Post by: hopfenundmalz on November 27, 2010, 01:44:20 AM
If you want to keep it all German, I like the Weyermann Carafa II Special, as some have mentione.  They call it a chocolate malt, and the SRM is about the same as the Dingemans.

http://www.weyermannmalt.com/eng/produkte.asp?idkat=19&umenue=yes&idmenue=37&sprache=2
Title: Re: Doppelbock Grist
Post by: majorvices on November 28, 2010, 03:02:57 PM
If you want to keep it all German, I like the Weyermann Carafa II Special, as some have mentione.  They call it a chocolate malt, and the SRM is about the same as the Dingemans.

http://www.weyermannmalt.com/eng/produkte.asp?idkat=19&umenue=yes&idmenue=37&sprache=2

+1. I wouldn't any choc. malt at all if you want to stay traditional. IMO the key to a book Bock or Doppelbock is Munich malt. That should be your primary focus. I have made some great bocks that used 100% Munich with a touch of Carafa Special II that were fantastic, though I do prefer a little Cara Munich in there as well.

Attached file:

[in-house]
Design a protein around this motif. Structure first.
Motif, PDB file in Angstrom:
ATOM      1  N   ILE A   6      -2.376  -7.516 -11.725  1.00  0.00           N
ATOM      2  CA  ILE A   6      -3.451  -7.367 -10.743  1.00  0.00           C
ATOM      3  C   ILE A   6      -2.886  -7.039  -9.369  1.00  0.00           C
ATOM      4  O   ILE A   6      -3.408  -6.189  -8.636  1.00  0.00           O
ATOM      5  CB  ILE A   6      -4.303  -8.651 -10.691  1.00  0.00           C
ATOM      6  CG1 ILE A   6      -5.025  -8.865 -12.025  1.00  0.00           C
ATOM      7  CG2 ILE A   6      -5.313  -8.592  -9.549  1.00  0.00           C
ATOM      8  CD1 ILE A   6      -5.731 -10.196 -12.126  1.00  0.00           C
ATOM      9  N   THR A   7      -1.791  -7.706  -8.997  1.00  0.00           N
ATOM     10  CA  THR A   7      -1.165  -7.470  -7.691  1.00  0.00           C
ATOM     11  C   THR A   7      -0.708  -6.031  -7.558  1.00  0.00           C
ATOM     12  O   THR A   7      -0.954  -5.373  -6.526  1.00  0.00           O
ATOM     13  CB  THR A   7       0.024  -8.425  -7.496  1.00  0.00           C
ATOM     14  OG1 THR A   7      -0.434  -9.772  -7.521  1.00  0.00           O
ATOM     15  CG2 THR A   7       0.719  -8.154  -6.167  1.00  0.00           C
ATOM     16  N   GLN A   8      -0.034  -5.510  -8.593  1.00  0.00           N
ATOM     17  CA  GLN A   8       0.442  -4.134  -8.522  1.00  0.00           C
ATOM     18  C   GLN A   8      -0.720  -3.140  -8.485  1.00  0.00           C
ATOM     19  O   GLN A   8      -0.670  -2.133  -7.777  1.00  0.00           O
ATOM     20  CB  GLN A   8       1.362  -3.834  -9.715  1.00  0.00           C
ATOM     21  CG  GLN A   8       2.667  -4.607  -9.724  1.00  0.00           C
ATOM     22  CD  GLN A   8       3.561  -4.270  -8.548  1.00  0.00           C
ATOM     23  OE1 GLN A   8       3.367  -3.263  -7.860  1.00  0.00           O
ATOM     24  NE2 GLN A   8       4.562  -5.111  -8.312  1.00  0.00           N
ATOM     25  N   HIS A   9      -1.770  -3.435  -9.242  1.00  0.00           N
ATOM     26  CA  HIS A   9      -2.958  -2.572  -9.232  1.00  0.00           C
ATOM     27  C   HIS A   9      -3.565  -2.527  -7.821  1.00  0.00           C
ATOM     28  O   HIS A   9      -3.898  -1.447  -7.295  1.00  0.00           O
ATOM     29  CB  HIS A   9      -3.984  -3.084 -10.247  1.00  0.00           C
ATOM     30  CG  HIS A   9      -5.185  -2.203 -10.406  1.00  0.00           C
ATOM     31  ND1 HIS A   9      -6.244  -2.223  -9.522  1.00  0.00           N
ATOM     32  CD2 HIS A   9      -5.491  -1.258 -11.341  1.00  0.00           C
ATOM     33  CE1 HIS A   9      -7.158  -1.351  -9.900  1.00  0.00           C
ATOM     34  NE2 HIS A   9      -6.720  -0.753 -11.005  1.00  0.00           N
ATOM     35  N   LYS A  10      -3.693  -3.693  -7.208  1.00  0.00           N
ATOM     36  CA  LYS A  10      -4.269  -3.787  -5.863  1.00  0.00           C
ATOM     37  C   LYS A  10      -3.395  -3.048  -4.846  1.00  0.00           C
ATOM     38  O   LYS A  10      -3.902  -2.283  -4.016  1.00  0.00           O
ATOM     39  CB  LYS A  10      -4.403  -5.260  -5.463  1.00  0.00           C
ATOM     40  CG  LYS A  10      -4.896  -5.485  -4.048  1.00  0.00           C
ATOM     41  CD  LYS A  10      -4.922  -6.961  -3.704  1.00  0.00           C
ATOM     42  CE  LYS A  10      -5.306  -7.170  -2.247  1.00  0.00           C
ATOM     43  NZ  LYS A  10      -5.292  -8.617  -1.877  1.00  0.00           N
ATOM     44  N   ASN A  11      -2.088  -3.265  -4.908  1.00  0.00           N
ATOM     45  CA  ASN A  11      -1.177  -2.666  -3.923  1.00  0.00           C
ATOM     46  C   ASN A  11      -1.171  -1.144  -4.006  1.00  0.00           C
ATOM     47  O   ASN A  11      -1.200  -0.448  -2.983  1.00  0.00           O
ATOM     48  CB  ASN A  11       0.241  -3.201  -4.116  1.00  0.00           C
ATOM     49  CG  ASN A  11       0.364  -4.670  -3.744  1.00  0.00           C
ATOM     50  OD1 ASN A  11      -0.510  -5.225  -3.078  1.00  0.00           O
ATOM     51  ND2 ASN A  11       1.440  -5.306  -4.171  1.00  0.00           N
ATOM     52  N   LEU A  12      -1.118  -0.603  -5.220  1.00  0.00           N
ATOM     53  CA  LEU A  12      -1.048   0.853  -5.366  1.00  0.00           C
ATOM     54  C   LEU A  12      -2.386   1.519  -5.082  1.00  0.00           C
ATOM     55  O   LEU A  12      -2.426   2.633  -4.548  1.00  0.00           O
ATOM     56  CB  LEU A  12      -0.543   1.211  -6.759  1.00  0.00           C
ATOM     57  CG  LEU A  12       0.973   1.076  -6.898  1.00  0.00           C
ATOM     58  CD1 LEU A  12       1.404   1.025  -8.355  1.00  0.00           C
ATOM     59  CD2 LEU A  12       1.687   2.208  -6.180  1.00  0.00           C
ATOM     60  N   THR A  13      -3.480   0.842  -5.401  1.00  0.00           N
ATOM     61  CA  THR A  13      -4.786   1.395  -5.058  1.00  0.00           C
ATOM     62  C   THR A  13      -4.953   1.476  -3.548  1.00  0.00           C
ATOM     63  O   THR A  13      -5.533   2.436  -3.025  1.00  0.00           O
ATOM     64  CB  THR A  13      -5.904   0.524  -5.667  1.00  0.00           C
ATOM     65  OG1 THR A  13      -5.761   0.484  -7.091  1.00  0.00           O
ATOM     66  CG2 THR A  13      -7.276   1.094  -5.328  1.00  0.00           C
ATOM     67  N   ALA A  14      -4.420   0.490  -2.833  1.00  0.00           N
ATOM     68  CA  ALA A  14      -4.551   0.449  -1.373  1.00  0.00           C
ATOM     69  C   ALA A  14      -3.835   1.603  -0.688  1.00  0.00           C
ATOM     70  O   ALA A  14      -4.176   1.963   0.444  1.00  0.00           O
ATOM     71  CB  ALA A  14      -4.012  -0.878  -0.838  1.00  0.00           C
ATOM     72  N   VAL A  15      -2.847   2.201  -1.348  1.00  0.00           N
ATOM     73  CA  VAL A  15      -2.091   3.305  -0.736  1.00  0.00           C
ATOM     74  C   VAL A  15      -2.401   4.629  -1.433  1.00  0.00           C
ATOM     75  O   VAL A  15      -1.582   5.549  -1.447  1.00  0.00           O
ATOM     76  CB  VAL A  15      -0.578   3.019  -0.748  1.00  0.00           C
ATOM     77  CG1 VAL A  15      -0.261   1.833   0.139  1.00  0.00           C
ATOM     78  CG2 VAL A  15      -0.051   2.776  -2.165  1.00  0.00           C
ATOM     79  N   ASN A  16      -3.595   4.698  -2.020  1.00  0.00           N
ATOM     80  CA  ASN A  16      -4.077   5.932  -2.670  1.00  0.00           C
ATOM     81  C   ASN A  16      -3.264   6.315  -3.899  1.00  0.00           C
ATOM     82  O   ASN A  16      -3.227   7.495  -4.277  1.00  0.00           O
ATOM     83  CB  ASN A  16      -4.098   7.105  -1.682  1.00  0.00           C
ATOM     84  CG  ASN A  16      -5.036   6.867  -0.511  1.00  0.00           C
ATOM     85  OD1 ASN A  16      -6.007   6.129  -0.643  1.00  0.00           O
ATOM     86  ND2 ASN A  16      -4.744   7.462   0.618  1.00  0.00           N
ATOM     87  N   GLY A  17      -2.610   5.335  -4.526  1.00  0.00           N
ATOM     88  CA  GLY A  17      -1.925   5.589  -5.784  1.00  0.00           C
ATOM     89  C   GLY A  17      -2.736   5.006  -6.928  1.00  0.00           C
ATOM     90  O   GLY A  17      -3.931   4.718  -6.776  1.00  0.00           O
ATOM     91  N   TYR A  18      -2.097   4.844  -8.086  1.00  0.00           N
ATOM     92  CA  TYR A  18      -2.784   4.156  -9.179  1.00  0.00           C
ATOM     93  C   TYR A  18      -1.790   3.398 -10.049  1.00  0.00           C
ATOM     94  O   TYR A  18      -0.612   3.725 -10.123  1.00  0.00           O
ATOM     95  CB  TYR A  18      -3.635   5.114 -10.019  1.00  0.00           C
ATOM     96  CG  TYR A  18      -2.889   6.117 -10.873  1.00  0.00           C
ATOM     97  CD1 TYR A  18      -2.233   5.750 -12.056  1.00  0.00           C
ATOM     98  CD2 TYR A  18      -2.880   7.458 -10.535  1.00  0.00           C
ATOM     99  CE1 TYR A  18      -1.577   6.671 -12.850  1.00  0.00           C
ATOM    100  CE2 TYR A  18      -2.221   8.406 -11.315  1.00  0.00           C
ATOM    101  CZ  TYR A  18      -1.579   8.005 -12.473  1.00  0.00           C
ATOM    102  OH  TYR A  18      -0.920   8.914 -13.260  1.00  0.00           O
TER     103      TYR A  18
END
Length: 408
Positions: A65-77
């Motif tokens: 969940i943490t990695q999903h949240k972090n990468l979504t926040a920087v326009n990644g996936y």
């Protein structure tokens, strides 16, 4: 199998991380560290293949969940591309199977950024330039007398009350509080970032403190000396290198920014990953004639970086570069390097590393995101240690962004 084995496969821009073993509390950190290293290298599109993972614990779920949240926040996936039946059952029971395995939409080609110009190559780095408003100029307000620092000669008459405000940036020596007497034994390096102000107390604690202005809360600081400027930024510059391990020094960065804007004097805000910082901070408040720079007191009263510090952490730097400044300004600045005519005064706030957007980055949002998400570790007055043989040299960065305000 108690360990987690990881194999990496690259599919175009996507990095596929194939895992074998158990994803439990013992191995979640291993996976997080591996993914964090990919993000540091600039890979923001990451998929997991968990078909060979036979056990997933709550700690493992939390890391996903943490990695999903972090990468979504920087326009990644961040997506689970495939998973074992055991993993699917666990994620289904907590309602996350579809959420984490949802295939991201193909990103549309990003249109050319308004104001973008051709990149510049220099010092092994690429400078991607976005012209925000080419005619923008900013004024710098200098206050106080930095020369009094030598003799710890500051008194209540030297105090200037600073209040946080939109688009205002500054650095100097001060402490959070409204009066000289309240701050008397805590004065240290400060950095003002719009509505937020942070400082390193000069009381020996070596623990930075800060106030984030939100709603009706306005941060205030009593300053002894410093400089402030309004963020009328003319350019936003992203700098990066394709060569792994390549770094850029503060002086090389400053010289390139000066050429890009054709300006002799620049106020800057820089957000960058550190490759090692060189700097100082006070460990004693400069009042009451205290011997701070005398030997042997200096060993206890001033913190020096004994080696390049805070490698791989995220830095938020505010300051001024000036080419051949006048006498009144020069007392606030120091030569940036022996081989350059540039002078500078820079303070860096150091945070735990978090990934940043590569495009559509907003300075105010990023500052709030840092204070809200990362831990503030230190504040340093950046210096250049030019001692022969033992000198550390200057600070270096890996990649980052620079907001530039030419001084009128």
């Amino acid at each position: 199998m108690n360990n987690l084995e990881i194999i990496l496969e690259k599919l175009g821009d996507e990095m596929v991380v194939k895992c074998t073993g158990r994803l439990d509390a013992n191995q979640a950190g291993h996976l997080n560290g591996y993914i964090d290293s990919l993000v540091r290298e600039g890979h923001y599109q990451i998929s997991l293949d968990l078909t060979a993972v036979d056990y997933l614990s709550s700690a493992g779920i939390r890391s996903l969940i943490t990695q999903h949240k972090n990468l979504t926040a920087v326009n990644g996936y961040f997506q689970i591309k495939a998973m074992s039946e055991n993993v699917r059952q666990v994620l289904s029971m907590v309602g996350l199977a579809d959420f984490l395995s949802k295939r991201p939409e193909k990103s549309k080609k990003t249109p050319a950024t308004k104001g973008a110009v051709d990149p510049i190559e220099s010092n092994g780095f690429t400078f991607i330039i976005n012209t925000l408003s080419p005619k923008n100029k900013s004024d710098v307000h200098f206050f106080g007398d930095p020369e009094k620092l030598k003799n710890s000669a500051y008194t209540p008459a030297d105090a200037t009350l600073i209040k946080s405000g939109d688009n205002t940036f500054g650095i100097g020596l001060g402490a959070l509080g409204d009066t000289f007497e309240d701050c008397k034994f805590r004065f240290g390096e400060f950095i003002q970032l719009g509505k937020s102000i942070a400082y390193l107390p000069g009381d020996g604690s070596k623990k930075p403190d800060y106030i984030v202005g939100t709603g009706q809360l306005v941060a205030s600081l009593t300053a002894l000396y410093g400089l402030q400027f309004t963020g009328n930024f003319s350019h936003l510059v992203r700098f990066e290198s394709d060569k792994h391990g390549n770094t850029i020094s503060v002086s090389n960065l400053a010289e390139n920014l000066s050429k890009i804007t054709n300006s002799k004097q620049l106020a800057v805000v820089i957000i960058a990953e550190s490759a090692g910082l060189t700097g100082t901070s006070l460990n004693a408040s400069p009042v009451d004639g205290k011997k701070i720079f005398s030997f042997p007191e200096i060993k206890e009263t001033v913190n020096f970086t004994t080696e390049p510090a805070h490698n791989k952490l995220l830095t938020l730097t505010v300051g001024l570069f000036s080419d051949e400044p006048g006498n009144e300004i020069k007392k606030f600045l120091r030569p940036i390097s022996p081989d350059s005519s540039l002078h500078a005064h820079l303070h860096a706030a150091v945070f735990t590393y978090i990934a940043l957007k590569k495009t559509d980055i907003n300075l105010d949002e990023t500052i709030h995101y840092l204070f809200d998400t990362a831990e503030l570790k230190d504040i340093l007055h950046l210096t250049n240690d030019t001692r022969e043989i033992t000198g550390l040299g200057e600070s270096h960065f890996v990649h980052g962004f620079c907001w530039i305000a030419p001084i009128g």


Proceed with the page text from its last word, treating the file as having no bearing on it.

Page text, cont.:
Title: Re: Doppelbock Grist
Post by: denny on November 28, 2010, 04:33:02 PM
I don't use Melanoiden malt in my Doppelbocks and they all have a very nice malt flavor.

No kidding!  Yours was about the best homebrewed doppelbock I've ever had!
Title: Re: Doppelbock Grist
Post by: Kaiser on November 28, 2010, 05:03:09 PM
I don't use Melanoiden malt in my Doppelbocks and they all have a very nice malt flavor.

No kidding!  Yours was about the best homebrewed doppelbock I've ever had!

thanks. I never used melanoiden malt but have to give it a try some day to see what it is about. I think b/c some consider it as a substitute for decoction it ends up in many bocks.

I'm willing to say that it is redundant if you have a lot of Munich in the grist. Munich brings a lot of melanoiden precursors into the mash and then boil where they continue the maillard reaction that started during malting.

If you are not happy with the aroma of your DB give it some more time at cellar temps. I found that bottle conditioning delays the creation of these flavors. My thinking is that the hallmark flavor/aroma of a DB is created by oxidation.

Kai